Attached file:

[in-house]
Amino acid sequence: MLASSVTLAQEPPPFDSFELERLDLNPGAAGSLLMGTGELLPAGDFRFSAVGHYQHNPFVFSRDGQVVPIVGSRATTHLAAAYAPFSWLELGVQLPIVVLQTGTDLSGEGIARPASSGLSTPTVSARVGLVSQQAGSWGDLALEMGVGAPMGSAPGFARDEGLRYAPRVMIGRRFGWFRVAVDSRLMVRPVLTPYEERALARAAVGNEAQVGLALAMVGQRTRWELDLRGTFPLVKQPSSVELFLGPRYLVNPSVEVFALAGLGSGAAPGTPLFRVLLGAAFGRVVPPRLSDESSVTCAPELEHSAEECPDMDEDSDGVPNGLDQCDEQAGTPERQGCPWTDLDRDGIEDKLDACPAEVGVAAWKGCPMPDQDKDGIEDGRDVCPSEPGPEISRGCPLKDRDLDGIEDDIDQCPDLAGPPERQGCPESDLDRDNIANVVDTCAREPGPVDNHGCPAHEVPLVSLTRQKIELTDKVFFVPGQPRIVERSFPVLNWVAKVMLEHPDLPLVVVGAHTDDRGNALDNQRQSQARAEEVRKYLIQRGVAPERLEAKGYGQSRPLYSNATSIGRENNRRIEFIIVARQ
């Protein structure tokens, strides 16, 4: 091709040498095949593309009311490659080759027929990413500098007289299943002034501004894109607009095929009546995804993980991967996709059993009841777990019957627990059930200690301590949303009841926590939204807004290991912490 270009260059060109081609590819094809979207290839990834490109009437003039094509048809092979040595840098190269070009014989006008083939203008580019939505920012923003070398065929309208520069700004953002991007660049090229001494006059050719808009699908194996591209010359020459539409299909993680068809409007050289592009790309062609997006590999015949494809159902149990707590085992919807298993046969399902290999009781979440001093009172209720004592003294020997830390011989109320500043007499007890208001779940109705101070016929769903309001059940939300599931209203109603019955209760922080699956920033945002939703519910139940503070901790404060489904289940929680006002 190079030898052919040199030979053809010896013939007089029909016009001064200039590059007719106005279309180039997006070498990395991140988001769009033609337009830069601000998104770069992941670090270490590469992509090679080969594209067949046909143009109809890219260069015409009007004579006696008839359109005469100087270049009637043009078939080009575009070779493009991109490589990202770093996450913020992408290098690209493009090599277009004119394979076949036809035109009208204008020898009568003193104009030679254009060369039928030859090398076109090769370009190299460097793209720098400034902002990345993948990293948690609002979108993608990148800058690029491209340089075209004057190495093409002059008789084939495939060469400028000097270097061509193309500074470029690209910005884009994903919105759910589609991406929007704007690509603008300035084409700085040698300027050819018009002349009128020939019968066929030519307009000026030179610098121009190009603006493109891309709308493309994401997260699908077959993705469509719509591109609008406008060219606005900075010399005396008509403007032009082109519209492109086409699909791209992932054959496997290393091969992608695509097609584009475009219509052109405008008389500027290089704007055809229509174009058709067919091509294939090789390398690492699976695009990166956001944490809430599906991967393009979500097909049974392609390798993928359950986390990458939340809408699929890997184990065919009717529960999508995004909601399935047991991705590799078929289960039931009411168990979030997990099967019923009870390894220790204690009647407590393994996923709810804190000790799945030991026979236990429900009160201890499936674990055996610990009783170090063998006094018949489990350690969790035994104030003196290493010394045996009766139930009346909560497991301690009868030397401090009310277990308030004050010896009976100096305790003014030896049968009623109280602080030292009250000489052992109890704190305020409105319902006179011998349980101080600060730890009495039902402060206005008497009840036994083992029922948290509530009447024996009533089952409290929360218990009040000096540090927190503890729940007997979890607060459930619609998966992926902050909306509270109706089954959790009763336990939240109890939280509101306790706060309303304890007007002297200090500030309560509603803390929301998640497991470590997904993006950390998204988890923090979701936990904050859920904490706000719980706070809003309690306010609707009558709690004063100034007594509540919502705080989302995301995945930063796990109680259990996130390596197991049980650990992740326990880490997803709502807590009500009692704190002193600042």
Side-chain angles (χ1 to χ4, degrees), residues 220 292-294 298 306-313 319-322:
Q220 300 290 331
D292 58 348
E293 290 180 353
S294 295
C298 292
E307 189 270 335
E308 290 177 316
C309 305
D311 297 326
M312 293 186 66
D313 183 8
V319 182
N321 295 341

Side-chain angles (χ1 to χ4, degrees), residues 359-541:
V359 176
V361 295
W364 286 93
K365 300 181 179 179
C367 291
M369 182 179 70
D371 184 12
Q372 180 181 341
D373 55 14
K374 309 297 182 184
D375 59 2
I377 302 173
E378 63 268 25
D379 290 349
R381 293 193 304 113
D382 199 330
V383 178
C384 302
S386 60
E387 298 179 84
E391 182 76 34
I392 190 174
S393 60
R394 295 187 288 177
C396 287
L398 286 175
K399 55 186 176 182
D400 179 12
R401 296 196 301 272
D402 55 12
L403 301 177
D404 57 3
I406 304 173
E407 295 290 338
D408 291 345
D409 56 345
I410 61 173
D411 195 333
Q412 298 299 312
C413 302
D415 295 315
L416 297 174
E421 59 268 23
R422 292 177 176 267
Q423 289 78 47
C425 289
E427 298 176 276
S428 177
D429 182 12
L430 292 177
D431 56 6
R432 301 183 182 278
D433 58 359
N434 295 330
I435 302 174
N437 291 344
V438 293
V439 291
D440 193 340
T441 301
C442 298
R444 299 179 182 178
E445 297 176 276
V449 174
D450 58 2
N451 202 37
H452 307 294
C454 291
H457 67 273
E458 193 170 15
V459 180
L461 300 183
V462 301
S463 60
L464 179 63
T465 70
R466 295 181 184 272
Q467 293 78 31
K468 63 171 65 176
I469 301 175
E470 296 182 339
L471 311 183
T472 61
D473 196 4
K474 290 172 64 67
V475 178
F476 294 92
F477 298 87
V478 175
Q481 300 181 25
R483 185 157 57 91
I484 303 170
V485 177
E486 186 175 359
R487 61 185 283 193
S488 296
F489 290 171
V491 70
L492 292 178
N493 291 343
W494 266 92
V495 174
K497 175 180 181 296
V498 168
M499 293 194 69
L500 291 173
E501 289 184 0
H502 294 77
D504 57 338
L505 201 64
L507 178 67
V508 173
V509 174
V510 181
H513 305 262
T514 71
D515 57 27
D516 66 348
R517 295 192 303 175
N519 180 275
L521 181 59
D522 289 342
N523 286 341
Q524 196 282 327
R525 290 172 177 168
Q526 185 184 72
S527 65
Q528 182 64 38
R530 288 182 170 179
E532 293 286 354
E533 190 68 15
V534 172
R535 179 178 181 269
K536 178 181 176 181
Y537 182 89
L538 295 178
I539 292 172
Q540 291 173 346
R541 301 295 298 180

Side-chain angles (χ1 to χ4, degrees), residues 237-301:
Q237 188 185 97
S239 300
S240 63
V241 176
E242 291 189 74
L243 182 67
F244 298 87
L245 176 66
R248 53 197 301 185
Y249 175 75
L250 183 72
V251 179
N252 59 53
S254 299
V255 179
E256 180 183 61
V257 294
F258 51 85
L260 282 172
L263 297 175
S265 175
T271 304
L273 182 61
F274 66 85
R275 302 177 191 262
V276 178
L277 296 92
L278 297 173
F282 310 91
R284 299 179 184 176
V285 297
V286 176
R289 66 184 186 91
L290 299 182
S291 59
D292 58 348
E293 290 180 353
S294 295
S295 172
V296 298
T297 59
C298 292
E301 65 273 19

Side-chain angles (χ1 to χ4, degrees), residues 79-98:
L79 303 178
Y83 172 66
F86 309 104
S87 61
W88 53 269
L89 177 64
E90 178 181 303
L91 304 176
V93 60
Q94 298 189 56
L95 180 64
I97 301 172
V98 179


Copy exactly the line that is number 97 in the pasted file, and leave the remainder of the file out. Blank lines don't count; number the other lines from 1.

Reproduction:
K468 63 171 65 176